New Proposal Redefines Sexual Harassment and Expands the Rights of the Accused
In an effort to prevent sexual assault on college campuses, 22 colleges in Michigan have received a one million dollar grant to share. The funding was provided through the Campus Sexual Assault Grant Program that was started by Michigan’s outgoing First Lady, Sue Snyder. The Michigan State Police administer the program with the goal of changing the sexual assault culture among college-age students.
The colleges receiving the funding are supposed to use the funding to develop new programs to help eliminate or deter sexual assaults on campus and increase student safety. This year has received the highest amount of funding from the program to date.
Federal Government Addressing Sexual Assault on Campus
In addition to the steps being taken by the Michigan state government, the federal government is also taking steps to change the laws around sexual assault on college campuses. Secretary of Education Betsy Devos recently released new guidelines on how universities and colleges should handle sexual harassment and assault.
The new rules from the Department of Education expand the rights of the students who are accused and decrease the types of cases that universities must investigate. The public has 60 days to comment on the new proposal before the rules can be finalized. The Department of Education says the new rules are grounded in rules of due process and they hope to encourage students to turn to their schools with sexual harassment issues, therefore reducing the risk of having students improperly punished.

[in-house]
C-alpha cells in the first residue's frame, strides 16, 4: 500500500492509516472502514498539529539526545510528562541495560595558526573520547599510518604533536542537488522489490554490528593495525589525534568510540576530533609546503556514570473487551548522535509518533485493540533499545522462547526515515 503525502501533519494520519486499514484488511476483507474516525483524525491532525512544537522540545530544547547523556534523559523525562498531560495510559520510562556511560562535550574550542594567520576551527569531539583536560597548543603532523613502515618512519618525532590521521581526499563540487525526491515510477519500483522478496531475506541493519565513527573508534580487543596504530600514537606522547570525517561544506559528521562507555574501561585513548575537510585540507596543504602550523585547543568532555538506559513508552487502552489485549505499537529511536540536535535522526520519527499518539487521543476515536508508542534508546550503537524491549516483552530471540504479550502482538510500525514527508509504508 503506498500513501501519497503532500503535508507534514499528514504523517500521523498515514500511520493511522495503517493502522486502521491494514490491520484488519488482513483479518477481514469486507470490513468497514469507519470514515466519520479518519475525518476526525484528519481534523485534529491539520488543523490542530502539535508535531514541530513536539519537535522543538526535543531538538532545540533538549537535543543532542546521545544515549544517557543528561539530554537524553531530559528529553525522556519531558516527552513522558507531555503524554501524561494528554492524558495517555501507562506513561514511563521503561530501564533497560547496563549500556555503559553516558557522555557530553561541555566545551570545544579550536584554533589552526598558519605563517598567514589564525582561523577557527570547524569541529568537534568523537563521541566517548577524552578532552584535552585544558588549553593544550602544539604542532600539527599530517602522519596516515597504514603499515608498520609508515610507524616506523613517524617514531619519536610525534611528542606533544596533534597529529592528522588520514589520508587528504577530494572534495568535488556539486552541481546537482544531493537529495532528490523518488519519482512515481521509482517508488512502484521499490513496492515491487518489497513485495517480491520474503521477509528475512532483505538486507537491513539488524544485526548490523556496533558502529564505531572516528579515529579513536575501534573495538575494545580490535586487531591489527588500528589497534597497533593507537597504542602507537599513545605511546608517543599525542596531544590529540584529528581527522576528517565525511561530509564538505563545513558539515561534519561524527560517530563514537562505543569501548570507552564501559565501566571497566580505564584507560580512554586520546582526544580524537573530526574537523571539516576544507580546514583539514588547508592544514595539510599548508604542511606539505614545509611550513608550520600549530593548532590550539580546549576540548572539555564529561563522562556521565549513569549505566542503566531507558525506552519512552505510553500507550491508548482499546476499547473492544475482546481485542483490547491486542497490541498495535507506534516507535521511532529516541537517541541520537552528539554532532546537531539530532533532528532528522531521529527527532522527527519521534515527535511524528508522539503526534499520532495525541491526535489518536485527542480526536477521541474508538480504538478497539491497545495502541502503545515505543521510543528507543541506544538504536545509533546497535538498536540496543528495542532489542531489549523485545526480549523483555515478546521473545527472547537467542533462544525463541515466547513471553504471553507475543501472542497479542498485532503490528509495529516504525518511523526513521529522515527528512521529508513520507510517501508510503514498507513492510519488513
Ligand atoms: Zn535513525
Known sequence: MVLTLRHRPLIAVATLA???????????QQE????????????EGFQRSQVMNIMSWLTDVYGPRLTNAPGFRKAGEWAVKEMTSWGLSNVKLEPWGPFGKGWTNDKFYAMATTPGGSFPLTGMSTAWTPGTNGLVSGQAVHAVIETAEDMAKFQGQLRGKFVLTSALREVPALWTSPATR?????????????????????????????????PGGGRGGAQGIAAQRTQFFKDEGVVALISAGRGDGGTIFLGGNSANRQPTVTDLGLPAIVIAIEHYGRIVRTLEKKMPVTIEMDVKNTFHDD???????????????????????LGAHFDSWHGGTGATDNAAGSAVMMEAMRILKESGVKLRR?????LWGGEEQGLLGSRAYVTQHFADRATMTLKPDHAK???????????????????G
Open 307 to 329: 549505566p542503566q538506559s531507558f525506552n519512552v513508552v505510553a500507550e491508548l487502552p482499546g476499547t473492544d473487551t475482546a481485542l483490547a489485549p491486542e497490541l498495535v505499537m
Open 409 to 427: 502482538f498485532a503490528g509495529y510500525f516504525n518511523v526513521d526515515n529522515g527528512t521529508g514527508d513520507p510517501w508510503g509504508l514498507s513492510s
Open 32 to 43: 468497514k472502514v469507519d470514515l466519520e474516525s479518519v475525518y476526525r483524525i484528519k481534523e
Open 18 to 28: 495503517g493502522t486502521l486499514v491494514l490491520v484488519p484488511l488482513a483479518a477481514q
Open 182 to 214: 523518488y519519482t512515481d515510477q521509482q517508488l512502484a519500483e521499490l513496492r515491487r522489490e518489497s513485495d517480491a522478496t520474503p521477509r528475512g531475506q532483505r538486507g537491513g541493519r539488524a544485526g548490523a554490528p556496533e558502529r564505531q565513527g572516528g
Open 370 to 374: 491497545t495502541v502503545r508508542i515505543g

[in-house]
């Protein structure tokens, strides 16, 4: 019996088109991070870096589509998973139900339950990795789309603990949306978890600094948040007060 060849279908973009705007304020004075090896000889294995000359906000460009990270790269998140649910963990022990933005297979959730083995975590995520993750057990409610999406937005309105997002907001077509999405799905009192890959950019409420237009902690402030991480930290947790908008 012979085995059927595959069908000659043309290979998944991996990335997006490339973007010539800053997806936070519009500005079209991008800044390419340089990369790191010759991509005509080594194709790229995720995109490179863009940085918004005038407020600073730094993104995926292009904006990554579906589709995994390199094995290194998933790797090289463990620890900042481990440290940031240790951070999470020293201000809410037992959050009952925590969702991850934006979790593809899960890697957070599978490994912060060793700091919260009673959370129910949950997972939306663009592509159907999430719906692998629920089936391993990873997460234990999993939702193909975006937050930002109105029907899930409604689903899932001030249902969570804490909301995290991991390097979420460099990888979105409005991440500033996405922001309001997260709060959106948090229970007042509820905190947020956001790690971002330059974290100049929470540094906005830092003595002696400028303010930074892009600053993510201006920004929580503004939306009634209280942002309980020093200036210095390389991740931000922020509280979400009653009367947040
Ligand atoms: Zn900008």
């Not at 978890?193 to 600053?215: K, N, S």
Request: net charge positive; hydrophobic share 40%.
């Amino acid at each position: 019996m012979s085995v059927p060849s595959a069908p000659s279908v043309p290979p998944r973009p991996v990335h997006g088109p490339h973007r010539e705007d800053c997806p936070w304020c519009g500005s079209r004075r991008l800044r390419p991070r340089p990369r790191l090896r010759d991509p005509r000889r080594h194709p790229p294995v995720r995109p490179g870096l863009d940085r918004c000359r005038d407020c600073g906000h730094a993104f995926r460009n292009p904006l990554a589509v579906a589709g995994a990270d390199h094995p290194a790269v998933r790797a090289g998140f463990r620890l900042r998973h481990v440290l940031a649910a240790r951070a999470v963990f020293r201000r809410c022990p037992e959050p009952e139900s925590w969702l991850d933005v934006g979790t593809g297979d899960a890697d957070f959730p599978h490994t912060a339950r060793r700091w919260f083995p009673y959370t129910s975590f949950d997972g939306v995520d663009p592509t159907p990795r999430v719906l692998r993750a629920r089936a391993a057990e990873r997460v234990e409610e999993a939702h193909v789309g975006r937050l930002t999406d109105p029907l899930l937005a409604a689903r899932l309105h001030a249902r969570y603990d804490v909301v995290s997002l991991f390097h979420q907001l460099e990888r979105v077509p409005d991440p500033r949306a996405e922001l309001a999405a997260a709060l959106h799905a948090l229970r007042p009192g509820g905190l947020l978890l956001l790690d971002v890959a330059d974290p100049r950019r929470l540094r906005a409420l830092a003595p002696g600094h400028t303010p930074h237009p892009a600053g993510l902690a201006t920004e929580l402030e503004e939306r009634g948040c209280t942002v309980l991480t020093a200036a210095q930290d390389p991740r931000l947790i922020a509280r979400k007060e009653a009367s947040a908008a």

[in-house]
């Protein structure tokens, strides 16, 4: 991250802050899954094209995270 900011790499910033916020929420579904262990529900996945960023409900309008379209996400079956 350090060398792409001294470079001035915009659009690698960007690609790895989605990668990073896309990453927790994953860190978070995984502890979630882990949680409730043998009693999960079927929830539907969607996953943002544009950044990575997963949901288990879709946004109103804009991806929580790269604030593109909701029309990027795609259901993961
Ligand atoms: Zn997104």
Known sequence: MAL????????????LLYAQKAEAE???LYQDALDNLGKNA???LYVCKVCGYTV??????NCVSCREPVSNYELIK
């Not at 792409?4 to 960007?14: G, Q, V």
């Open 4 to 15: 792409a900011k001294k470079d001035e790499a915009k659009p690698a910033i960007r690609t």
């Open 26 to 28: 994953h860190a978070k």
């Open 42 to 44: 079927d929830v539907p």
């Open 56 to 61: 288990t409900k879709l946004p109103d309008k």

The new rules will also change the standards used for proving allegations. Instead of needing a preponderance of the evidence, the rules will require clear and convincing evidence. Students will also have the ability to cross-examine each other through a third party or attorney. Both parties involved will also have the right to representation from an attorney.
In addition, the new rules narrow how sexual harassment is defined. The new definition is unwelcome conduct that is sexual in nature that is so pervasive, severe, and objectively offensive that the victim is denied access to activities of the school and education. Schools are still supposed to provide support to the victims, but can not punish the accused individual until that accused person is found at fault.
Administrators at colleges and universities will only be required to investigate allegations that are reported to designated officials, and these educational institutes will not have to investigate the reports if the victim does not ask them to.
You Get to Have a Say if You Are Accused of Sexual Assault or Harassment
If you are being accused of sexual harassment or assault, even before these new rules are implemented, you have the right to legal representation and the right to tell your side of the story. Sexual harassment and sexual assault can both have serious penalties with lifelong consequences, making it imperative that you have experienced legal representation on your side. The attorneys at Van Den Heuvel Law Office will listen to your side of the story and help defend your rights. Contact our office today to schedule a consultation.